In the Netherlands. Sinterklaas arrives by steamboat from Spain with his helper, Zwarte Piet (Black Peter), who is black either because he is a Moor or because he goes down chimneys to deliver presents.
St. Nicholas, a bishop, is wont to ride his gray-white horse across the rooftops. In the Dutch "Saint" (2010), however, that legend conceals a horrendous truth.
Outraged villagers actually burned Nicholas and his helpers hundreds of years ago for looting and pillaging. Every couple of dozen years when the anniversary of their deaths coincides with a full moon, their ghosts return and slaughter hundreds of people, but the Dutch government covers it up.
In 2010, a police detective who had survived such a massacre when he was a child tries to convince his superiors that another disaster is imminent. Much decapitation ensues (Nicholas' crozier is actually topped with razor edges) as well as a chase between a police car on the ground and Nicholas and his horse barreling along the rooftops.
In the Alpine parts of Europe, St. Nicholas may be accompanied by Krampus, a horned devil-like figure who punishes bad children. The excellent 2010 Finnish horror comedy, "Rare Exports: A Christmas Tale," tinkers with that version of the myth by reversing the hierarchy and orientation of the two figures.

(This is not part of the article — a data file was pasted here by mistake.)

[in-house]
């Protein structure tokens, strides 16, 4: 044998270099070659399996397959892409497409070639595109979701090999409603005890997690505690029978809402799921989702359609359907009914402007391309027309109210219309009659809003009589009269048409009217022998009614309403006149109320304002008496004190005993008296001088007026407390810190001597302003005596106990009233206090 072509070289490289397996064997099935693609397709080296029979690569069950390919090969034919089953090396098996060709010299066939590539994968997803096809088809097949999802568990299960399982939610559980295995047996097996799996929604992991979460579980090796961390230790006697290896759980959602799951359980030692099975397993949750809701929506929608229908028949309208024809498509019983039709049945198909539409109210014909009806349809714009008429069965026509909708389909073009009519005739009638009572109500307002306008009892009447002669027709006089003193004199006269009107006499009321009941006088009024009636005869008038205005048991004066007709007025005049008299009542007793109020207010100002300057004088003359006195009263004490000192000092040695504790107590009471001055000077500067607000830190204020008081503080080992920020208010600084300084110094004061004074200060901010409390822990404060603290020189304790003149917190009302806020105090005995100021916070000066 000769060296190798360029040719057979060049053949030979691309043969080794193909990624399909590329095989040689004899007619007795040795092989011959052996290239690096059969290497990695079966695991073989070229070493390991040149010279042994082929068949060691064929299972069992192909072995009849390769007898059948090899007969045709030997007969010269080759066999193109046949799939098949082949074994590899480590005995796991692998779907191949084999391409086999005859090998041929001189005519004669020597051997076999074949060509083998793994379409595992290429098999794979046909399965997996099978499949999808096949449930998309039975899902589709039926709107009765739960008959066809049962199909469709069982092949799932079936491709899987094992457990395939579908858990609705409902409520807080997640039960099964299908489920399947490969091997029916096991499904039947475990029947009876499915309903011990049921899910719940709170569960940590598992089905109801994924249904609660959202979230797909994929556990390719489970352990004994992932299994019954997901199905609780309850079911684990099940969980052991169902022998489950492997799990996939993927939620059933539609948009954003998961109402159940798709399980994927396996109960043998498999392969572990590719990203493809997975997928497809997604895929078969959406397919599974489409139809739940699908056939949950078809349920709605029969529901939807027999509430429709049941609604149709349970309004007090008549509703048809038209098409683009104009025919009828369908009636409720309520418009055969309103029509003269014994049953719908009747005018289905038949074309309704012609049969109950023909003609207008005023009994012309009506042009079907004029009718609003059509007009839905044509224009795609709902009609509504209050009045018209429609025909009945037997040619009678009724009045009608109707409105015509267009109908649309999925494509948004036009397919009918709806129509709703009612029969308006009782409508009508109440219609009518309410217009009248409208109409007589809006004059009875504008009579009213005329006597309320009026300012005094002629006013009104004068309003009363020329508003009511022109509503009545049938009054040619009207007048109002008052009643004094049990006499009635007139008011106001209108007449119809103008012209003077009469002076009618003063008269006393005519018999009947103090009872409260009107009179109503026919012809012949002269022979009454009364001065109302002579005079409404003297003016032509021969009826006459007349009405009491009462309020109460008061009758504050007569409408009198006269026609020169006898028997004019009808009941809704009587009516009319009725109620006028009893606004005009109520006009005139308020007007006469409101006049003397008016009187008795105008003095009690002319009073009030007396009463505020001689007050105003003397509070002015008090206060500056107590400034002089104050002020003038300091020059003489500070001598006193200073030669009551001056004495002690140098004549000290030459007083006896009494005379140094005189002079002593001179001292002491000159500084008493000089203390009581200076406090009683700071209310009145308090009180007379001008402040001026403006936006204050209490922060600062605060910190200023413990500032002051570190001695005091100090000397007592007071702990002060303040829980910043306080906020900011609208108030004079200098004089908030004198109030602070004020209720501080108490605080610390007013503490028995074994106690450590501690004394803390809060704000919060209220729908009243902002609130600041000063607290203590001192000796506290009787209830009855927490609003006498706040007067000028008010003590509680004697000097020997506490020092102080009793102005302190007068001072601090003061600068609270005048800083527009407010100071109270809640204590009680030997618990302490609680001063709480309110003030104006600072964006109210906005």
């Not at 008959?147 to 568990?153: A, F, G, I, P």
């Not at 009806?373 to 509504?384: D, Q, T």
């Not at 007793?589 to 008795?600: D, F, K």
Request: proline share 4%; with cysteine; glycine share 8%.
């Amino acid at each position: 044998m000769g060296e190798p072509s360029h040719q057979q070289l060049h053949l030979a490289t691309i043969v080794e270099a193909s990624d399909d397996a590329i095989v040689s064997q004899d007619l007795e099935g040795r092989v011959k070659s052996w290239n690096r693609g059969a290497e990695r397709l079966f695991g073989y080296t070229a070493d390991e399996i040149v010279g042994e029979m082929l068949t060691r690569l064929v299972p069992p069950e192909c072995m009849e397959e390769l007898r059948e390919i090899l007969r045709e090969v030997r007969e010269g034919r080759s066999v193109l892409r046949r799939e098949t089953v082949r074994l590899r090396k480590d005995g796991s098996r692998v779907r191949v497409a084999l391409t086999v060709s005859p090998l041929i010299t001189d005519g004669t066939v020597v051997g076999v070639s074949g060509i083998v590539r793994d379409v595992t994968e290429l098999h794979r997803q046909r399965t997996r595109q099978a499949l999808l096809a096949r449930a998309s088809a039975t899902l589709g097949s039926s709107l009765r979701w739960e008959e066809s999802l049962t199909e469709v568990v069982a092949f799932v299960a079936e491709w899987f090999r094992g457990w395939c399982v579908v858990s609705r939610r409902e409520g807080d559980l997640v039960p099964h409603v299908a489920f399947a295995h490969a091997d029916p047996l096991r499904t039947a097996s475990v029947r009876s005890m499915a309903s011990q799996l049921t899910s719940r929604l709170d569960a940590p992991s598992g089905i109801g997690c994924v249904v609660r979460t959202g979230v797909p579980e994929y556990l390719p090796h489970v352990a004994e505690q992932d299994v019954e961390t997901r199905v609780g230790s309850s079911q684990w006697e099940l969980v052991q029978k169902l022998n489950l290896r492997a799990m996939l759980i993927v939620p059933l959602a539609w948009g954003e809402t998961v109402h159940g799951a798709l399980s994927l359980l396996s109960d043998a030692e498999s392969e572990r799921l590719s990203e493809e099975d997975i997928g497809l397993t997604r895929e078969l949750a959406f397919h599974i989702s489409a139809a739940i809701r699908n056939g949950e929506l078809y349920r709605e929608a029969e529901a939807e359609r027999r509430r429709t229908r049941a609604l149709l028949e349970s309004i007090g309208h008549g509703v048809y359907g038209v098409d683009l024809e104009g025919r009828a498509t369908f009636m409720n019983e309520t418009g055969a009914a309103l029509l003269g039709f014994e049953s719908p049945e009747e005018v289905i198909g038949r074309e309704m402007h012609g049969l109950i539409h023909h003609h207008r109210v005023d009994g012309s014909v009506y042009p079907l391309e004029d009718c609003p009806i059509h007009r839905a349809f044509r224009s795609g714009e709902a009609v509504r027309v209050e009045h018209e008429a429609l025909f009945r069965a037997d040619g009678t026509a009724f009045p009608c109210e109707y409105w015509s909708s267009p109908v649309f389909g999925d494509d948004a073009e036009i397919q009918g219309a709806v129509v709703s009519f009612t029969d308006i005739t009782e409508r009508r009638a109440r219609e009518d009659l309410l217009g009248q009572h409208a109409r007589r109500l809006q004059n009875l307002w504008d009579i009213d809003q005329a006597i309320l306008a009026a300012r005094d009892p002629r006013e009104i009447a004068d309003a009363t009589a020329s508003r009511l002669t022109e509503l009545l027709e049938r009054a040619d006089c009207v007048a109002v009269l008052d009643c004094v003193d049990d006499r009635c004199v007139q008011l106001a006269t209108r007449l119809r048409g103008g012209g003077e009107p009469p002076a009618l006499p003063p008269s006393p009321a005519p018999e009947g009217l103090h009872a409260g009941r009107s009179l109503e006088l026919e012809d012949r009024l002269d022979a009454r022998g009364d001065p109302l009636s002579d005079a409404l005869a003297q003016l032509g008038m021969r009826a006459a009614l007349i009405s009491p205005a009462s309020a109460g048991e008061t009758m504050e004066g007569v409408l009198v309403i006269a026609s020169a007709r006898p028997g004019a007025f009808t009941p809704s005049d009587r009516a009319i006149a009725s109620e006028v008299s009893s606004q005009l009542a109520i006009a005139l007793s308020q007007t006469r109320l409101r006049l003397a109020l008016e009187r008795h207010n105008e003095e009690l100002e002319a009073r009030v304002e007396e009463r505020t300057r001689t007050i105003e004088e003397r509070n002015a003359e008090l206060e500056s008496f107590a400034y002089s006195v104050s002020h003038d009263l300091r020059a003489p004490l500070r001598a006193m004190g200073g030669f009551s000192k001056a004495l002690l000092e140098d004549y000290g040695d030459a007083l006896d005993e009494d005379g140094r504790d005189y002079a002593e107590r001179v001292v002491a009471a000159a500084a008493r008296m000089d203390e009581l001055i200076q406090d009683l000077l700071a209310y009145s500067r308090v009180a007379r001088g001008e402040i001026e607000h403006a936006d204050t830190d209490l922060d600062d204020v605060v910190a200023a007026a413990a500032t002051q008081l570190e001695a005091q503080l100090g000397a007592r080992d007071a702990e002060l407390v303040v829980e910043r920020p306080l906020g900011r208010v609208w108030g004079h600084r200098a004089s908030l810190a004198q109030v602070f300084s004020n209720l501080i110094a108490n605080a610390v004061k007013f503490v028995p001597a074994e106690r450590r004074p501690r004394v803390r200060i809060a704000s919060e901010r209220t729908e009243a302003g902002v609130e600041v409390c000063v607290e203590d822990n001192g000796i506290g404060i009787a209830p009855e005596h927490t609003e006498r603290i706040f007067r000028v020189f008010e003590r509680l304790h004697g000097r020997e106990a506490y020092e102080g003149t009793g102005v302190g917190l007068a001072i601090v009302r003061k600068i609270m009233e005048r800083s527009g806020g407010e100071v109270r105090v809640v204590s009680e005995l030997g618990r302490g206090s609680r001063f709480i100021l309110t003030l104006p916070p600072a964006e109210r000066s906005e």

When archeologists discover a gigantic Krampus frozen in ice beneath a huge burial mound, elves who look like dirty, thin Santas pop up and start killing adults, stealing children and trying to thaw out the ancient demon. Local reindeer herders rise to the challenge and also find a lucrative new product to export.
The feature film derives from a couple of shorts (included on the same DVD) in which wild Father Christmases are hunted down and trained to be department store Santas. The training sessions to keep them from biting off the heads of the children sitting on their laps and the instructions for safely handling their transport are darkly hilarious.
Richard J. Leskosky taught media and cinema studies at the University of Illinois and has reviewed films for more than 30 years. He can be contacted at firstname.lastname@example.org.